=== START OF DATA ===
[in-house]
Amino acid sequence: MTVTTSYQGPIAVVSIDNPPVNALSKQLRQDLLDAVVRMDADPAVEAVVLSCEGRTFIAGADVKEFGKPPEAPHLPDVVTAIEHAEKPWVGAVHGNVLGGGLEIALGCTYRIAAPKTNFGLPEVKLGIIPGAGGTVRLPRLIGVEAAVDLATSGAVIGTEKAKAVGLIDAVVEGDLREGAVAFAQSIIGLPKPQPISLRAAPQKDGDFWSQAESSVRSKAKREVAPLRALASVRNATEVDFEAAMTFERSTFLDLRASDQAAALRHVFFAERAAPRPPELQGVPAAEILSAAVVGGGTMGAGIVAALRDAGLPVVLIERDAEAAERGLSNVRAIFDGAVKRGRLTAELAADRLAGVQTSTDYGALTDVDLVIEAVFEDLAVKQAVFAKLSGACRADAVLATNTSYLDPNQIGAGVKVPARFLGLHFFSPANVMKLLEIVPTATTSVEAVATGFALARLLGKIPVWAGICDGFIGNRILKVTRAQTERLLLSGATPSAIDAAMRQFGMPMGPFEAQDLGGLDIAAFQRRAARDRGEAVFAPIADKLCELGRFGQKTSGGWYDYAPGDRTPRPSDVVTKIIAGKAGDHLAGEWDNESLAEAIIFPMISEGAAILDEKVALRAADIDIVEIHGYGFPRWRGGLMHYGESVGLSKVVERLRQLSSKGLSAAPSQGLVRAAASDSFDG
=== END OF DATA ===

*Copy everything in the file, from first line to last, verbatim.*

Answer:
[in-house]
Amino acid sequence: MTVTTSYQGPIAVVSIDNPPVNALSKQLRQDLLDAVVRMDADPAVEAVVLSCEGRTFIAGADVKEFGKPPEAPHLPDVVTAIEHAEKPWVGAVHGNVLGGGLEIALGCTYRIAAPKTNFGLPEVKLGIIPGAGGTVRLPRLIGVEAAVDLATSGAVIGTEKAKAVGLIDAVVEGDLREGAVAFAQSIIGLPKPQPISLRAAPQKDGDFWSQAESSVRSKAKREVAPLRALASVRNATEVDFEAAMTFERSTFLDLRASDQAAALRHVFFAERAAPRPPELQGVPAAEILSAAVVGGGTMGAGIVAALRDAGLPVVLIERDAEAAERGLSNVRAIFDGAVKRGRLTAELAADRLAGVQTSTDYGALTDVDLVIEAVFEDLAVKQAVFAKLSGACRADAVLATNTSYLDPNQIGAGVKVPARFLGLHFFSPANVMKLLEIVPTATTSVEAVATGFALARLLGKIPVWAGICDGFIGNRILKVTRAQTERLLLSGATPSAIDAAMRQFGMPMGPFEAQDLGGLDIAAFQRRAARDRGEAVFAPIADKLCELGRFGQKTSGGWYDYAPGDRTPRPSDVVTKIIAGKAGDHLAGEWDNESLAEAIIFPMISEGAAILDEKVALRAADIDIVEIHGYGFPRWRGGLMHYGESVGLSKVVERLRQLSSKGLSAAPSQGLVRAAASDSFDG